Just a Few Inches, by Tara St. Pierre

I spotlighted author Tara St. Pierre and her book when it first came out last June, and I read it last year, but a review never made it to the blog. Better late than never, right?

The book tells the story of Carrie Roberts, who is a normal but somewhat superficial teenager on her school’s cheering squad. She’s dating the star basketball player, but she’s convinced that his ex-girlfriend Janelle, a fellow cheerleader, is waiting for a chance to steal him away from her. With the Valentine’s Day dance a week away, Carrie goes shopping and finds the perfect red dress, but there’s a problem: it’s one size too small.

When eating less and exercising more don’t remove her unwanted inches, Carrie turns to diet pills she saw advertised on television. They do the trick, she turns heads at the dance, and all is good between her and her boyfriend.

Until the pills keep doing the trick.

There are many YA books about teenagers with body image and/or self-esteem issues. There are many YA books about teens who develop eating disorders to keep the weight off. Some are hard-hitting, and others sadly almost glorify anorexia or bulimia. What author St. Pierre does in this book is highly unique. By giving the plot an out of the ordinary element (call it sci-fi, fantasy, magical realism, speculative fiction, or what you will), the theme of the book is integrated into an inventive, thought-provoking, and at times gripping plot.

Carrie isn’t just losing inches from her waist/hips; she’s also losing inches from her height. And her shrinking doesn’t appear to be stopping.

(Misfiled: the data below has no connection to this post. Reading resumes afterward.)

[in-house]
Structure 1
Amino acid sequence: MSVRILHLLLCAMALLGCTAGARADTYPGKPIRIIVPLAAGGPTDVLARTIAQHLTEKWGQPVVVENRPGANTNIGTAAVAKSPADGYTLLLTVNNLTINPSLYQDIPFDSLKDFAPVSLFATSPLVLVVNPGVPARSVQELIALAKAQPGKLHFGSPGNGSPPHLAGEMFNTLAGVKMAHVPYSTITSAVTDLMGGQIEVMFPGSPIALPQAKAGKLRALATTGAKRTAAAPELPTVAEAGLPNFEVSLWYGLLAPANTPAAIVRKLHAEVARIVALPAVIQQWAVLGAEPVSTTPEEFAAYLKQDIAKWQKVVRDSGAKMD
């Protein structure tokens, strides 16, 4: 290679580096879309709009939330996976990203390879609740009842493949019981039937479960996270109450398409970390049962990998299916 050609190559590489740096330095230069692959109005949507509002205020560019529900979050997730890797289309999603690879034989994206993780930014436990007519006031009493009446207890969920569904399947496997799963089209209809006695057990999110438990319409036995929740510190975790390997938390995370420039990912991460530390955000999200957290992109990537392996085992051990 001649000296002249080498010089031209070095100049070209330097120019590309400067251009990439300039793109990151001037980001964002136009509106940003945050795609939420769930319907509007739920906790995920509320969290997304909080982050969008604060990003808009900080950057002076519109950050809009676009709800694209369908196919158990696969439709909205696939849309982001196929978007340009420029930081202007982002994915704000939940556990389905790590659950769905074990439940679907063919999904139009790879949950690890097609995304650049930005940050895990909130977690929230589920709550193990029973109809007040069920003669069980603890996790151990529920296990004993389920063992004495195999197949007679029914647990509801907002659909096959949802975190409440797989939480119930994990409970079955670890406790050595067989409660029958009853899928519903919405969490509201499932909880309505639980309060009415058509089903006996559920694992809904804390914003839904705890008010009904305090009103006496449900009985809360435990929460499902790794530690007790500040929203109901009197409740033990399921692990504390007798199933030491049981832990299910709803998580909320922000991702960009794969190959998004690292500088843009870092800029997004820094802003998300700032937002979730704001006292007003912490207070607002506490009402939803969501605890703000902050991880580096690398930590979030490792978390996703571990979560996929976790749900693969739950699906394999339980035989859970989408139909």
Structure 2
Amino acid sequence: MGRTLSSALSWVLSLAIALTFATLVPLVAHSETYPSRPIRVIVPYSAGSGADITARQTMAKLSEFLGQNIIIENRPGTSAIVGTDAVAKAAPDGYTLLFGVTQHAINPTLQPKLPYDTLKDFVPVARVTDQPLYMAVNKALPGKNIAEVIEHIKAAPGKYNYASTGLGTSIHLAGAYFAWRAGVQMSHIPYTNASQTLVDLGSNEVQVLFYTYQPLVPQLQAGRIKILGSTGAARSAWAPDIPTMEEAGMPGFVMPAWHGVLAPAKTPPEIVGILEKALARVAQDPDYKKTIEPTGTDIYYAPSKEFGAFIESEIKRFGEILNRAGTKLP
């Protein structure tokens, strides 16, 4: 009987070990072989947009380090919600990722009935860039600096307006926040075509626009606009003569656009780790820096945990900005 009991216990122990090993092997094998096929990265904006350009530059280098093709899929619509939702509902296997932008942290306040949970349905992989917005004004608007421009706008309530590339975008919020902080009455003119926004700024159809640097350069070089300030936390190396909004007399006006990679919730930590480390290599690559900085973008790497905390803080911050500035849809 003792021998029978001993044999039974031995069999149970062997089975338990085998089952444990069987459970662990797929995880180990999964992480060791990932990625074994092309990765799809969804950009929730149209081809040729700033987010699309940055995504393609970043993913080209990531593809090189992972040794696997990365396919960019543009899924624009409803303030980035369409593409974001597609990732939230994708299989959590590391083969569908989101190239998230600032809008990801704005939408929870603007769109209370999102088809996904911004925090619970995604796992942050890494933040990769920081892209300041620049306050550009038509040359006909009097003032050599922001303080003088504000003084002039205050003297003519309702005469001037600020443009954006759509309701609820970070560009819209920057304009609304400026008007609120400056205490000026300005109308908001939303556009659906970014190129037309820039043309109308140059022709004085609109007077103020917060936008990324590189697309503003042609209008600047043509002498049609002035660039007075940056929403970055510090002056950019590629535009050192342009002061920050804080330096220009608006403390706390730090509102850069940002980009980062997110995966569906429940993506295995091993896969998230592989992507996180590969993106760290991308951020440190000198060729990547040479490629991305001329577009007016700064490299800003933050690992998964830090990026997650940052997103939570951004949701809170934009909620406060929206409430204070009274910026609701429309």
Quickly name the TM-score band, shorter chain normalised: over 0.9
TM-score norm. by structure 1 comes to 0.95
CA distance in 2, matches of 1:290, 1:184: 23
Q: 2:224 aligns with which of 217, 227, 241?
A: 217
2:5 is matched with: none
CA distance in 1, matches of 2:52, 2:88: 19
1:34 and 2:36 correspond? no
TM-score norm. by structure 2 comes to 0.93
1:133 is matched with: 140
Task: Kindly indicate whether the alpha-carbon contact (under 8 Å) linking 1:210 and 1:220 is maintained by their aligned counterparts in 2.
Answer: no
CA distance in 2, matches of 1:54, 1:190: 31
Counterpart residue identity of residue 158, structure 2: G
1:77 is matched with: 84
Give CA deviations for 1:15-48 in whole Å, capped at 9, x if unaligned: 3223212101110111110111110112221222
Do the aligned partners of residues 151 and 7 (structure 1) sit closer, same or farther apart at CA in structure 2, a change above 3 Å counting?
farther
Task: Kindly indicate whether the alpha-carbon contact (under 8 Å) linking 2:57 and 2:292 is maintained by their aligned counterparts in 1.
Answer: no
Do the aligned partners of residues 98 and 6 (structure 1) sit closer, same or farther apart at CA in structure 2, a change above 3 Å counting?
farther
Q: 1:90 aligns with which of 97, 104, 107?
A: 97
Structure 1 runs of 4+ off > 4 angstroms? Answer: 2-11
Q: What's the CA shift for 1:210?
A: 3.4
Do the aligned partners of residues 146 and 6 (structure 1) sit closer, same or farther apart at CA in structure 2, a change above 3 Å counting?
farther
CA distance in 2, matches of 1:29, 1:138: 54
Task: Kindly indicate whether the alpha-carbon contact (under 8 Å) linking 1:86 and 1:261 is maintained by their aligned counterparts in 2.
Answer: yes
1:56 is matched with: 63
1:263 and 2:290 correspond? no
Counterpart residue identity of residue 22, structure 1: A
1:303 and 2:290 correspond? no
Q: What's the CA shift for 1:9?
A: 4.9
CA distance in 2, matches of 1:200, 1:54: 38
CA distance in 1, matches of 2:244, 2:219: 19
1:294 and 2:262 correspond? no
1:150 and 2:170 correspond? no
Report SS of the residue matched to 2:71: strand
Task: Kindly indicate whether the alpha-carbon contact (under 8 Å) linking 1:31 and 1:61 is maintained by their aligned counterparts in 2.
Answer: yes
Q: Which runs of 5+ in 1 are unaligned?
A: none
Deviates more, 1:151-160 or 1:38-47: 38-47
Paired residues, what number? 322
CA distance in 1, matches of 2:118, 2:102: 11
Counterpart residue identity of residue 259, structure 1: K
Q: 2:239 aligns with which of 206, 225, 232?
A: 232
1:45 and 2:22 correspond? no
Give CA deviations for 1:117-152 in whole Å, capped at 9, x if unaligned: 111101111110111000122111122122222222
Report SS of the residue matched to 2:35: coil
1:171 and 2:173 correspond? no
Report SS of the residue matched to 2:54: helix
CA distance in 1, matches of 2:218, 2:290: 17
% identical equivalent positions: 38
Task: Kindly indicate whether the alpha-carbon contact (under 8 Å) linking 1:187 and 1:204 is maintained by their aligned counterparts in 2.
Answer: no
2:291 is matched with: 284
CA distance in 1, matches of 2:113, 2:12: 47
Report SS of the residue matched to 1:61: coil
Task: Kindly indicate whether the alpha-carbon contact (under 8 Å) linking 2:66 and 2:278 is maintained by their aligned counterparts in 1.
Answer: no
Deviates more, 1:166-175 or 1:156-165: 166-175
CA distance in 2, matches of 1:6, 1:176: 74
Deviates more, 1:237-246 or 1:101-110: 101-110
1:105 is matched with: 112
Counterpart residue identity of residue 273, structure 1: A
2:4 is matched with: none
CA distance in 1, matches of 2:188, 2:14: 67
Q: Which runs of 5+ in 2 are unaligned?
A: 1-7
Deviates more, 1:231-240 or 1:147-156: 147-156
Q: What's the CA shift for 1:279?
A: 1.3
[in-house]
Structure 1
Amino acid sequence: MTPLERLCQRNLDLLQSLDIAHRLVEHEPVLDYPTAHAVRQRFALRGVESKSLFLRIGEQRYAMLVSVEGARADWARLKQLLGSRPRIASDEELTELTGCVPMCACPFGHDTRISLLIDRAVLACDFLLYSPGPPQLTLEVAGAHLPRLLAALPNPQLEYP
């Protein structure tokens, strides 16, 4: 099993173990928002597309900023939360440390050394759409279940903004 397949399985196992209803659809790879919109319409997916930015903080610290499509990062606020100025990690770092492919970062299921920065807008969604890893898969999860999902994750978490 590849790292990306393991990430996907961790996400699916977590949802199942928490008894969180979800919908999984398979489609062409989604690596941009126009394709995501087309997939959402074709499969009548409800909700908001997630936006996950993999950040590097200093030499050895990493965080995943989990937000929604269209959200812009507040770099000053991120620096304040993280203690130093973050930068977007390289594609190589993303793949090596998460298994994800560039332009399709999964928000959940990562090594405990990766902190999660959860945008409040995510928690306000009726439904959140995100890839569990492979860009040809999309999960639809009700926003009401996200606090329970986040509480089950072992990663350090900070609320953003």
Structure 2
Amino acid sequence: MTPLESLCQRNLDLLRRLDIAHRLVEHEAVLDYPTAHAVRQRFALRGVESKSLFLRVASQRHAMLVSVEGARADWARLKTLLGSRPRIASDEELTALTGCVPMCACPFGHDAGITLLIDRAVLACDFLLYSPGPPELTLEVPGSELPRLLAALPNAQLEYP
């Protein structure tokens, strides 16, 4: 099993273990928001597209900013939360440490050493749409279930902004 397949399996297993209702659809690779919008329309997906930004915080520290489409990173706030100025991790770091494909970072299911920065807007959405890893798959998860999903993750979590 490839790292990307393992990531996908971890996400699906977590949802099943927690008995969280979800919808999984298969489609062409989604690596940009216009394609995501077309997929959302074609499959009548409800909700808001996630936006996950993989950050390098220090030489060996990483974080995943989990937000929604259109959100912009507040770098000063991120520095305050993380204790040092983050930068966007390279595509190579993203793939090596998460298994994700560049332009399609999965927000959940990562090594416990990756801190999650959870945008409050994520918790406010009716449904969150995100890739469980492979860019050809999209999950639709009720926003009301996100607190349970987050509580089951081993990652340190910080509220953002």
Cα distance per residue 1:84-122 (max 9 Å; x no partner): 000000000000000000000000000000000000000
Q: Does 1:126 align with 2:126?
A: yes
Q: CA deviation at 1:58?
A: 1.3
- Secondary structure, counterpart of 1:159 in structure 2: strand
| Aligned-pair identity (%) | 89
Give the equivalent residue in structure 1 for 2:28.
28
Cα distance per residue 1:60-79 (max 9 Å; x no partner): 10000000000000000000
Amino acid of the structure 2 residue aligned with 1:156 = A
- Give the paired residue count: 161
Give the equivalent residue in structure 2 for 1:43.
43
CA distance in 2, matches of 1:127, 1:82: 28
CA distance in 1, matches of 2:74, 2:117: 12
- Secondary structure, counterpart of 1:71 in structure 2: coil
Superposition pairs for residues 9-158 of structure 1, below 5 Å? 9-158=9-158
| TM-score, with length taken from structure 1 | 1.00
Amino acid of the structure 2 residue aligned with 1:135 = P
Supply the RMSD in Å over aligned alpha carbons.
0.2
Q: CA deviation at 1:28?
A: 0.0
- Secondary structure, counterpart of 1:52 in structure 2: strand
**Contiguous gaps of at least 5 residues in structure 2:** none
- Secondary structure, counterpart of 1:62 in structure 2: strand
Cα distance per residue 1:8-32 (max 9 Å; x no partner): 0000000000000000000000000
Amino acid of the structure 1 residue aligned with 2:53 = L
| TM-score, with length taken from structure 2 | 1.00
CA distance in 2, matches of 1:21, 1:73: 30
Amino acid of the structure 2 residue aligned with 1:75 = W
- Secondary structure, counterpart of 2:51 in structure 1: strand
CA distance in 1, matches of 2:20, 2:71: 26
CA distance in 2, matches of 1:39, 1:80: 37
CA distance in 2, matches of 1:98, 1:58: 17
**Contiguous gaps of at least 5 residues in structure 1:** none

The chapters in this book aren’t numbered in the conventional sequence. At first, they’re named according to her dropping weight, but once she learns she’s shrinking, they’re named for her continually decreasing height. It’s a clever touch because at the start of each new chapter, the reader is immediately given a frame of reference. It also creates hopeful anticipation that the next chapter will be a greater number but mostly provides sympathetic dread when the number is lower.

And that’s because Carrie is a character worth rooting for. The first-person narration is a good choice for this book. It allows the reader to bond with Carrie almost immediately, even though she is a little superficial in the beginning. It allows the reader to understand her thought processes about why she felt she needed to take the pills and how she feels about having done so afterwards. And it allows the reader to experience her perspective shift throughout the story—not only as her world appears to grow (which is so well-detailed, it’s easy to imagine yourself there with her), but also as her self-esteem changes. Though she experiences significant physical shrinkage, she experiences significant personal growth.

The supporting cast of characters is well-conceived, and they have different reactions to Carrie’s unique situation. It’s refreshing to see that she has great friends and a complete and loving family unit, something that is often lacking in YA novels. It’s also interesting to get a glimpse into why the antagonists are the way they are. And there is a budding romance in the story, but I won’t spoil it for you.

By making Carrie a future journalist, the author can make statements or pose questions about the media’s role in perpetuating unattainable ideals of beauty. By having Carrie shrink to the size of a Barbie doll, the author can pose questions about whether they play a part in the development of young girls. But the author never answers those questions. Isn’t that what good science fiction does—use something extraordinary to highlight something about society?

My only quibble is the book is a little long. In the acknowledgements at the back of the book, the author states that earlier drafts were much longer. Maybe the story could have used a little extra shrinking. But for solid characters, a well-crafted plot, and a unique approach to an important theme, Just a Few Inches gets just a FOUR-AND-A-HALF STAR rating.

- – -

Just a Few Inches is available at Amazon.

Read the spotlight of author Tara St. Pierre HERE.

Speak Your Mind